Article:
System Procmail Rules
Procmail is used as the local mail delivery agent and also to invoke SpamAssassin to tag suspected spam. Because it is the default local delivery agent, a .forward is not required to invoke procmail rules. For those of you who are already familiar with procmail, here are the system-wide rules:
DROPPRIVS=yes MAILDIR=$HOME/mail INCLUDERC=/etc/mail/spamassassin/spamassassin-default.rc :0: * ? test ! -f $HOME/.procmailrc * ^X-Spam-Status: Yes spam
The first rule causes procmail to execute with the recipients permissions for security reasons and also to ensure that spamassassin reads your user preferences and creates files with your ownership so you can edit them.
The next rule tells procmail that your mail folders are located in a subdirectory called “mail” in your home directory. Then procmail calls spam assassin to evaluate mail as spam or non-spam and add an X-Spam-Status: line with a Yes/No result.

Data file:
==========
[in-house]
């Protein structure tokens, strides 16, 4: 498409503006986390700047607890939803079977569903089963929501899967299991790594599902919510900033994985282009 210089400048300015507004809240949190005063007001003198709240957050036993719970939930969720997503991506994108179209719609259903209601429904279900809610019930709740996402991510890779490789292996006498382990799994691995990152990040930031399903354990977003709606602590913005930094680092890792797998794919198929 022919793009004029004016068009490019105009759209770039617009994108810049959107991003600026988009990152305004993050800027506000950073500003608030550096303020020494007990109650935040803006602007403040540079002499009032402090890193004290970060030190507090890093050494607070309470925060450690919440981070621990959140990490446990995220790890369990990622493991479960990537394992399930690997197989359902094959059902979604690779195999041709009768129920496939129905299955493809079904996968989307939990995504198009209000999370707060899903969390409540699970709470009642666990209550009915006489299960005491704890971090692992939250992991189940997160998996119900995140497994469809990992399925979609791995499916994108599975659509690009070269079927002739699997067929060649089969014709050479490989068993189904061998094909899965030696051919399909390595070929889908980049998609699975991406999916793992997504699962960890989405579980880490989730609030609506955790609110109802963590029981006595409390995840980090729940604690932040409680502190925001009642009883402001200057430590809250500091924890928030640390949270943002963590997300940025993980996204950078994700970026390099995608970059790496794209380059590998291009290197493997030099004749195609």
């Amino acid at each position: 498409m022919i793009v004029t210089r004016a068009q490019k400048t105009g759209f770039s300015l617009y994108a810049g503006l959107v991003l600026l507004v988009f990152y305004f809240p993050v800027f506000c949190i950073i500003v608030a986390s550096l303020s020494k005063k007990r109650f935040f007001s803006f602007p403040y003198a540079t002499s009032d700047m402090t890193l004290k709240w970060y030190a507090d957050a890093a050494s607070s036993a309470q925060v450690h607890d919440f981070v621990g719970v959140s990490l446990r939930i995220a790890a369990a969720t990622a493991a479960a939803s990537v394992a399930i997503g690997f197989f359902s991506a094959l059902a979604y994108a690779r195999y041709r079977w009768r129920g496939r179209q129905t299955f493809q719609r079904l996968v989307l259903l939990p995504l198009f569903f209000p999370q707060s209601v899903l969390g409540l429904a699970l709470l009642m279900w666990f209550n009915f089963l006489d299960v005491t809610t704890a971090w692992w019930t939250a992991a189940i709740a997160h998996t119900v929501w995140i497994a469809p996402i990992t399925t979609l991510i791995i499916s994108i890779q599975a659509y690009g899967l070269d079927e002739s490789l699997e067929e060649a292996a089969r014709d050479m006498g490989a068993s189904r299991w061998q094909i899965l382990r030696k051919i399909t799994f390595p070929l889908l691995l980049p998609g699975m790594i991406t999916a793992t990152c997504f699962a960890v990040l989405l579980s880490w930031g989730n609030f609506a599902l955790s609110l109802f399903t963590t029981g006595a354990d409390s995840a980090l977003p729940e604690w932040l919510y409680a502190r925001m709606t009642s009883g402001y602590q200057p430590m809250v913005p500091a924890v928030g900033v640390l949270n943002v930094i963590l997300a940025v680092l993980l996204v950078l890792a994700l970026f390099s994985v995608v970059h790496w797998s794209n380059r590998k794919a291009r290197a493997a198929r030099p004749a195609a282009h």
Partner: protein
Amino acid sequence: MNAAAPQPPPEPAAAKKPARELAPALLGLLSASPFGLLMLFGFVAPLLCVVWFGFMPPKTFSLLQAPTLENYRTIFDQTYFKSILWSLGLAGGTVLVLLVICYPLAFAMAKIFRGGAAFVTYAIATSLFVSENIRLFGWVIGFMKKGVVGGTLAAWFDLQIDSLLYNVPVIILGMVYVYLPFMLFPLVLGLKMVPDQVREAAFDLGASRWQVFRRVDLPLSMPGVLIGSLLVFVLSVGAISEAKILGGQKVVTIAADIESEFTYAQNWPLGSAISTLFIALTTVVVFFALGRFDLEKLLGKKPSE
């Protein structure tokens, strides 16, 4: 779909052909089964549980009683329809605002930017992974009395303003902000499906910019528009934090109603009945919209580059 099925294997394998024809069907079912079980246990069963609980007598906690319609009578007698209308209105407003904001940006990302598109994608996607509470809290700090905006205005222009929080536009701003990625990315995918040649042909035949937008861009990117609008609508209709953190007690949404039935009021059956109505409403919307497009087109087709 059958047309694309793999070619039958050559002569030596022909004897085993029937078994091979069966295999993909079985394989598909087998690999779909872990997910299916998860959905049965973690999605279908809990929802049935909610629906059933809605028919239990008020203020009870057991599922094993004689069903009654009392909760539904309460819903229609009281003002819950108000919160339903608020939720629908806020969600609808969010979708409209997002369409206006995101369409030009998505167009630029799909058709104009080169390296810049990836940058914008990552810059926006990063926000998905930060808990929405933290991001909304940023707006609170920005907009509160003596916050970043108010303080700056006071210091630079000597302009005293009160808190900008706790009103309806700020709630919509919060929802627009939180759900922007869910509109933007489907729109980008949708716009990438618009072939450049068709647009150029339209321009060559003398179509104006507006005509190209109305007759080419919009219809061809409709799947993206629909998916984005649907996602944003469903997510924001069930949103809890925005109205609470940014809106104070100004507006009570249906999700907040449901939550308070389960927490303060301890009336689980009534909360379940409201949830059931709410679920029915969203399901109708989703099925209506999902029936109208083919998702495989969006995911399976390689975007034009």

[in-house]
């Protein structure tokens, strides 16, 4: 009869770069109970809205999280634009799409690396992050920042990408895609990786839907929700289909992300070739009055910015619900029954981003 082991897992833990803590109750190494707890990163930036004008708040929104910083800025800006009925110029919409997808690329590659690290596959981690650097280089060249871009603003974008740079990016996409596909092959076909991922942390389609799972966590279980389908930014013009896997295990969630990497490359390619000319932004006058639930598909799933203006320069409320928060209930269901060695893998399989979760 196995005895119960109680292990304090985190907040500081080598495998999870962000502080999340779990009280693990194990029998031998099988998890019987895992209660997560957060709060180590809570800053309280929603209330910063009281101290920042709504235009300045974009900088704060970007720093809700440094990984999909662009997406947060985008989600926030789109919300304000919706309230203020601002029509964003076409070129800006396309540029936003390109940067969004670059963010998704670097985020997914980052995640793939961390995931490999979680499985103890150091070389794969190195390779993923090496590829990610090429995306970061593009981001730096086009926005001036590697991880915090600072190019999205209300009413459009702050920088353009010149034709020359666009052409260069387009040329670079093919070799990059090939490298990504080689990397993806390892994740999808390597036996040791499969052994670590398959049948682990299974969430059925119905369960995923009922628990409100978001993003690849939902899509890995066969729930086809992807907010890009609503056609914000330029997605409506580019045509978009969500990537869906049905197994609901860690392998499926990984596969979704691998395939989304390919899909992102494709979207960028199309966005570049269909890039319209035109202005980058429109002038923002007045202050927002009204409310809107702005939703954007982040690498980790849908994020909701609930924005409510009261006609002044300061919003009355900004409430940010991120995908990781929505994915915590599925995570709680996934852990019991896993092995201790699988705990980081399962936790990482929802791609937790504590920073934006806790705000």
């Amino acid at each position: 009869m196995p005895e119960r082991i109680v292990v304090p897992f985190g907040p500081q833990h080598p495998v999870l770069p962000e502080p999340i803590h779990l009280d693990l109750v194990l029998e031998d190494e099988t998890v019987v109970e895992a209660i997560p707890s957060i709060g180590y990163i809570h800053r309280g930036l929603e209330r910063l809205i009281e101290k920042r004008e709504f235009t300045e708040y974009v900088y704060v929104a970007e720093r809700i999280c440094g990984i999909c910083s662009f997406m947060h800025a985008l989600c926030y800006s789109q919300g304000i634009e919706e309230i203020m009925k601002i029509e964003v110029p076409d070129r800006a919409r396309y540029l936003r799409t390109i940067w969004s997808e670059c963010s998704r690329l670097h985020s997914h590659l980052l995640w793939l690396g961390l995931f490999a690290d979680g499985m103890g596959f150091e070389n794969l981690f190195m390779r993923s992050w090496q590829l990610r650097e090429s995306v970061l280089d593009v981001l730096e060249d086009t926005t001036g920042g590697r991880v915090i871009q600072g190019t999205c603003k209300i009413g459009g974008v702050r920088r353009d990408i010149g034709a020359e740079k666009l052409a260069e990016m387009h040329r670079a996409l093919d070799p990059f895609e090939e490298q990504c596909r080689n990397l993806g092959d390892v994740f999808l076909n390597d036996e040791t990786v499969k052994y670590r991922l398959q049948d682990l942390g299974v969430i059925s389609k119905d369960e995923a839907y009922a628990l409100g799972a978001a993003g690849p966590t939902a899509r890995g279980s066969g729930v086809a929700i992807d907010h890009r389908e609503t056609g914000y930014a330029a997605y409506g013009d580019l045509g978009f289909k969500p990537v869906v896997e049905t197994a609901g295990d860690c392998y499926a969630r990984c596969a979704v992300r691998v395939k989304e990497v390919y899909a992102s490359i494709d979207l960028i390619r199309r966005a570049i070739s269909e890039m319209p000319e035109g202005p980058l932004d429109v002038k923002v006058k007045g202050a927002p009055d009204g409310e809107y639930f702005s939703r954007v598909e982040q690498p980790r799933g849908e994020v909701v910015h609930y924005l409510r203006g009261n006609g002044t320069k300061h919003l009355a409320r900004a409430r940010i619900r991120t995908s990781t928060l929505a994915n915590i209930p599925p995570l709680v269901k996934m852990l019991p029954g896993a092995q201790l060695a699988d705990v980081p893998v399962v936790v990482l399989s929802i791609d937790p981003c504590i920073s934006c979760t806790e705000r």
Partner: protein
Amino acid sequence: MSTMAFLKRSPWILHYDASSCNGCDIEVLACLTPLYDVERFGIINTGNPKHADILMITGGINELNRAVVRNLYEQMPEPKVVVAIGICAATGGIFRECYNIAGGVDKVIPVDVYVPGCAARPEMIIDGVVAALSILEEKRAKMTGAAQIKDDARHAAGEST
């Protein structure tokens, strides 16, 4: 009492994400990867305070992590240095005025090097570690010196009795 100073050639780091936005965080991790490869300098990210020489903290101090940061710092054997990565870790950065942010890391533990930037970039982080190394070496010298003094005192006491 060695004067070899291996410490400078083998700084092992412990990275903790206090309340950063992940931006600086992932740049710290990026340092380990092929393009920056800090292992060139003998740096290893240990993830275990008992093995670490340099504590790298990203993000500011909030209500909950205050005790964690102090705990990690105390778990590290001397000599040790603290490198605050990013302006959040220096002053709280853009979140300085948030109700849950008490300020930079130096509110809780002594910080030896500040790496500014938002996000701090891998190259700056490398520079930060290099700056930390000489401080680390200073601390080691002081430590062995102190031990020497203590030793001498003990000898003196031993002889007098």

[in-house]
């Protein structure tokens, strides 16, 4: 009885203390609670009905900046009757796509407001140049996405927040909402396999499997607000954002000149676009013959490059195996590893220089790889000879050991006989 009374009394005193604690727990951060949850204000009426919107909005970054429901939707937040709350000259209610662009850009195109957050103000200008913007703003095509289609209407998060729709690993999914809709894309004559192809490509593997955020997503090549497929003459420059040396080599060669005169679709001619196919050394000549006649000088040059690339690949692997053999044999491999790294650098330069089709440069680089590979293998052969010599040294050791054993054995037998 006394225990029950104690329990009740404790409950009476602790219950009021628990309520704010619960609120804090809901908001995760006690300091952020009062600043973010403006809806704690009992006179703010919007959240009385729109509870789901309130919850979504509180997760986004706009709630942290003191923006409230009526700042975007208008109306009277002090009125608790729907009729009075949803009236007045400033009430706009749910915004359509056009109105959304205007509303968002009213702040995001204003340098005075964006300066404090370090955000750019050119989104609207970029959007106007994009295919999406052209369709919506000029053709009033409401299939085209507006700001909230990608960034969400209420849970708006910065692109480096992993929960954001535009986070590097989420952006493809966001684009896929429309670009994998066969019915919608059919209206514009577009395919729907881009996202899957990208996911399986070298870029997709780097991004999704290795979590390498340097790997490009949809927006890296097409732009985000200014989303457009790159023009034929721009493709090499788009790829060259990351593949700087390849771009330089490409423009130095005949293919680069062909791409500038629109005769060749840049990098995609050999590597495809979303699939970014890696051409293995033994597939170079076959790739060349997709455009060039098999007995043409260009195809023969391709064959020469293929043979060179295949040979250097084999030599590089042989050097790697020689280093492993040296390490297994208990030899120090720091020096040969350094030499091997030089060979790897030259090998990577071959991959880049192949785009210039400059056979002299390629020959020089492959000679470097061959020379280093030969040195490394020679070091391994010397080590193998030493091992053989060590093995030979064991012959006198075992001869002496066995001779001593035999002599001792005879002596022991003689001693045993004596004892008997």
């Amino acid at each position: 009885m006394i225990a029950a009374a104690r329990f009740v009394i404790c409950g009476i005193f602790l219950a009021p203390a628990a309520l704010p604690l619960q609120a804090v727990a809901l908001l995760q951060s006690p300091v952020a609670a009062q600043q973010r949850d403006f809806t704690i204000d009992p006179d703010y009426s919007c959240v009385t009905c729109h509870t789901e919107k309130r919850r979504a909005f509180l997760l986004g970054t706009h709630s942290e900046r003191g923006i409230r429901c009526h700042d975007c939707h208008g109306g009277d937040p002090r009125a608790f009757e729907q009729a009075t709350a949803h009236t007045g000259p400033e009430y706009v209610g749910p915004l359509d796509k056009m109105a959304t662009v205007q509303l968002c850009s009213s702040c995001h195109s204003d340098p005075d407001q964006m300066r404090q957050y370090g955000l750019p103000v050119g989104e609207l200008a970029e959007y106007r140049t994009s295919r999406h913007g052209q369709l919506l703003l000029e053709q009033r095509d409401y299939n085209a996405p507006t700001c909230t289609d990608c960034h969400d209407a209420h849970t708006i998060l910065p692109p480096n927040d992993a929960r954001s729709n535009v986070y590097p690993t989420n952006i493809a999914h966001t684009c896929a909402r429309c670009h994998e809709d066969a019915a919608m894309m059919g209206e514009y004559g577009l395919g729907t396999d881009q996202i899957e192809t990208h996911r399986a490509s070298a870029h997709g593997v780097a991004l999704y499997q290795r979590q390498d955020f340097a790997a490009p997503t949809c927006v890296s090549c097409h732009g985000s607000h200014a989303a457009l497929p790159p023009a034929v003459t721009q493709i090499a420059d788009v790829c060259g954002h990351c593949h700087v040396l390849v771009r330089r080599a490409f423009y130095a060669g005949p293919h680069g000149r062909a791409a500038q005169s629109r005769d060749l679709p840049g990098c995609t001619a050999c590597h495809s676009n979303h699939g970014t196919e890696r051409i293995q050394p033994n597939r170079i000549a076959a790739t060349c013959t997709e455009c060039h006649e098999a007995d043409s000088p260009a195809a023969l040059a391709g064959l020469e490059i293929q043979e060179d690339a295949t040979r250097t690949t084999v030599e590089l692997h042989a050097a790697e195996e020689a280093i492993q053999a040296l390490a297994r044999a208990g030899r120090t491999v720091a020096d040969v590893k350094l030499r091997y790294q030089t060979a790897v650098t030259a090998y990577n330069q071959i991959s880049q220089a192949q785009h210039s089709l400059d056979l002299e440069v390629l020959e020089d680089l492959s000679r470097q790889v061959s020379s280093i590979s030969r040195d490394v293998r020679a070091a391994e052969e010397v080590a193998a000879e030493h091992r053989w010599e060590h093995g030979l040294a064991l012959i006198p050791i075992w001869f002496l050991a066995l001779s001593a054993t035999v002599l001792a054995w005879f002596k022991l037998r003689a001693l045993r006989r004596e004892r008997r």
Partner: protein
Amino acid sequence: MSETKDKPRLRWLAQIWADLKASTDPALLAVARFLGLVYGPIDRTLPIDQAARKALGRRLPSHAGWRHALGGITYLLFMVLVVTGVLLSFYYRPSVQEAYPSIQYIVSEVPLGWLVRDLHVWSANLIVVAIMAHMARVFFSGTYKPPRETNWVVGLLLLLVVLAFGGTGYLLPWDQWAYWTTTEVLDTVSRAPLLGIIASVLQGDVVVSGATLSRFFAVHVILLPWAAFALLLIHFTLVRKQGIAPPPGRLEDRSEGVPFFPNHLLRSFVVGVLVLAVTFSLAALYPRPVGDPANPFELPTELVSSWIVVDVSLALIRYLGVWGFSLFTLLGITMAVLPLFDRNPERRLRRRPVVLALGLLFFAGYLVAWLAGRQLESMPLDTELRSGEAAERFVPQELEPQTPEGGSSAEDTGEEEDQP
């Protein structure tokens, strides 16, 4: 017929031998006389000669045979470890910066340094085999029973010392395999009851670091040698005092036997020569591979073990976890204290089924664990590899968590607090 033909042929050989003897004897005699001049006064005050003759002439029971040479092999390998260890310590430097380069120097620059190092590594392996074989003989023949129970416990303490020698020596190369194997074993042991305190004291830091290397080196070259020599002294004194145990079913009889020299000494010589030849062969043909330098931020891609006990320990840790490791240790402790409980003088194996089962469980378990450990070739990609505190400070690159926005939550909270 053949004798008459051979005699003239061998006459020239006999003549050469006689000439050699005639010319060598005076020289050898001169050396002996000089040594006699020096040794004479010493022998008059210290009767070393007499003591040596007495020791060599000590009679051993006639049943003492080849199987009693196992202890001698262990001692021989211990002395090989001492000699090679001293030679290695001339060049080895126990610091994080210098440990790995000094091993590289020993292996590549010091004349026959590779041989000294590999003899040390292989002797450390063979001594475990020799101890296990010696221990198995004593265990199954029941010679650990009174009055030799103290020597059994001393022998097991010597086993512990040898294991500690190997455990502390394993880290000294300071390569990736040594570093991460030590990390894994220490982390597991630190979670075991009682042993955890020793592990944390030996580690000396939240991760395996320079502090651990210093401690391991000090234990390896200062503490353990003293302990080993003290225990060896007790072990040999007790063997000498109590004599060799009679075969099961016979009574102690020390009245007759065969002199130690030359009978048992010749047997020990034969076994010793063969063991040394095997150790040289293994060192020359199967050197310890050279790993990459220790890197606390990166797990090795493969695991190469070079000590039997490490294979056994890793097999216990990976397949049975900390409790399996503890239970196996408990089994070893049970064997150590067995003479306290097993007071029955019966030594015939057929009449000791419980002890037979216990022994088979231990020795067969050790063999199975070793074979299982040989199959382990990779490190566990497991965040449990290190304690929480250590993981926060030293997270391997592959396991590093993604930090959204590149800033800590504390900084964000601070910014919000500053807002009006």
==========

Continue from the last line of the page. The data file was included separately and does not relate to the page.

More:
Next, we check to see if you have your own “.procmailrc” file. If you do not, we place any mail tagged as spam in your “spam” mail folder. If you do have your own “.procmailrc” file, then we only tag the spam and leave it up to your rules to determine what to do with it.
If you want to send all e-mail that is scored as spam by spamassassin to your spam folder, the following rule would do it. This is also the default behavior if you have no .procmailrc at all.
:0: * ^X-Spam-Status: Yes spam
If you are extremely trusting and just want to discard all e-mail that spamassassin determines to be spam, the following rule would do that.
:0: * ^X-Spam-Status: Yes /dev/null
On Linux and other Unix-like operating systems, /dev/null is a data sink. That is any data sent to it is discarded.